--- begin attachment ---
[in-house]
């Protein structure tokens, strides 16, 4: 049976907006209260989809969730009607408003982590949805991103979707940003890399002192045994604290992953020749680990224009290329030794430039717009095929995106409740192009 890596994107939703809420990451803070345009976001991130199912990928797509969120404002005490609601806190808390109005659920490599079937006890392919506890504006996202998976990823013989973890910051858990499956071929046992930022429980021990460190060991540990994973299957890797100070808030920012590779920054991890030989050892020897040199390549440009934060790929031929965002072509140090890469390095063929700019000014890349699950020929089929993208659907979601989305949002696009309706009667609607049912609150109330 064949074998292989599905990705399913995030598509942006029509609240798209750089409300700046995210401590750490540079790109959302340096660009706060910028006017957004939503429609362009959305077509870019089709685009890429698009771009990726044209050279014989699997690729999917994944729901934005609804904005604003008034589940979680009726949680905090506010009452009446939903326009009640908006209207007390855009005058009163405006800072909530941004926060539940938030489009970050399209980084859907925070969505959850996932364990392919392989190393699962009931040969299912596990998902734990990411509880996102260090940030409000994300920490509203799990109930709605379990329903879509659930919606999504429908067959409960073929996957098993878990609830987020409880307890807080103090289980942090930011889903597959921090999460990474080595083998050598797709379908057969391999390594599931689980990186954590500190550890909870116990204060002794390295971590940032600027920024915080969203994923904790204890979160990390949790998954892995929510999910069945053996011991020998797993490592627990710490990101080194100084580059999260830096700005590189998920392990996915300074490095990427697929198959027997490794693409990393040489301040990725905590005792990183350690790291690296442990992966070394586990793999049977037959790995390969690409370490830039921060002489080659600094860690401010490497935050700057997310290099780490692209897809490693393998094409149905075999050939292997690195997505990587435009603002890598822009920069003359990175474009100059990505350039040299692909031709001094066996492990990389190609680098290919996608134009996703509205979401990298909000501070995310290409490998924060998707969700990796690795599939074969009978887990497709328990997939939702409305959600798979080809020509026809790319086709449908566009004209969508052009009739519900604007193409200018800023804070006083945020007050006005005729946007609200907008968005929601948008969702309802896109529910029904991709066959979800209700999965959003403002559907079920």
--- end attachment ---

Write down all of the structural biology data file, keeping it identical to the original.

[in-house]
């Protein structure tokens, strides 16, 4: 049976907006209260989809969730009607408003982590949805991103979707940003890399002192045994604290992953020749680990224009290329030794430039717009095929995106409740192009 890596994107939703809420990451803070345009976001991130199912990928797509969120404002005490609601806190808390109005659920490599079937006890392919506890504006996202998976990823013989973890910051858990499956071929046992930022429980021990460190060991540990994973299957890797100070808030920012590779920054991890030989050892020897040199390549440009934060790929031929965002072509140090890469390095063929700019000014890349699950020929089929993208659907979601989305949002696009309706009667609607049912609150109330 064949074998292989599905990705399913995030598509942006029509609240798209750089409300700046995210401590750490540079790109959302340096660009706060910028006017957004939503429609362009959305077509870019089709685009890429698009771009990726044209050279014989699997690729999917994944729901934005609804904005604003008034589940979680009726949680905090506010009452009446939903326009009640908006209207007390855009005058009163405006800072909530941004926060539940938030489009970050399209980084859907925070969505959850996932364990392919392989190393699962009931040969299912596990998902734990990411509880996102260090940030409000994300920490509203799990109930709605379990329903879509659930919606999504429908067959409960073929996957098993878990609830987020409880307890807080103090289980942090930011889903597959921090999460990474080595083998050598797709379908057969391999390594599931689980990186954590500190550890909870116990204060002794390295971590940032600027920024915080969203994923904790204890979160990390949790998954892995929510999910069945053996011991020998797993490592627990710490990101080194100084580059999260830096700005590189998920392990996915300074490095990427697929198959027997490794693409990393040489301040990725905590005792990183350690790291690296442990992966070394586990793999049977037959790995390969690409370490830039921060002489080659600094860690401010490497935050700057997310290099780490692209897809490693393998094409149905075999050939292997690195997505990587435009603002890598822009920069003359990175474009100059990505350039040299692909031709001094066996492990990389190609680098290919996608134009996703509205979401990298909000501070995310290409490998924060998707969700990796690795599939074969009978887990497709328990997939939702409305959600798979080809020509026809790319086709449908566009004209969508052009009739519900604007193409200018800023804070006083945020007050006005005729946007609200907008968005929601948008969702309802896109529910029904991709066959979800209700999965959003403002559907079920």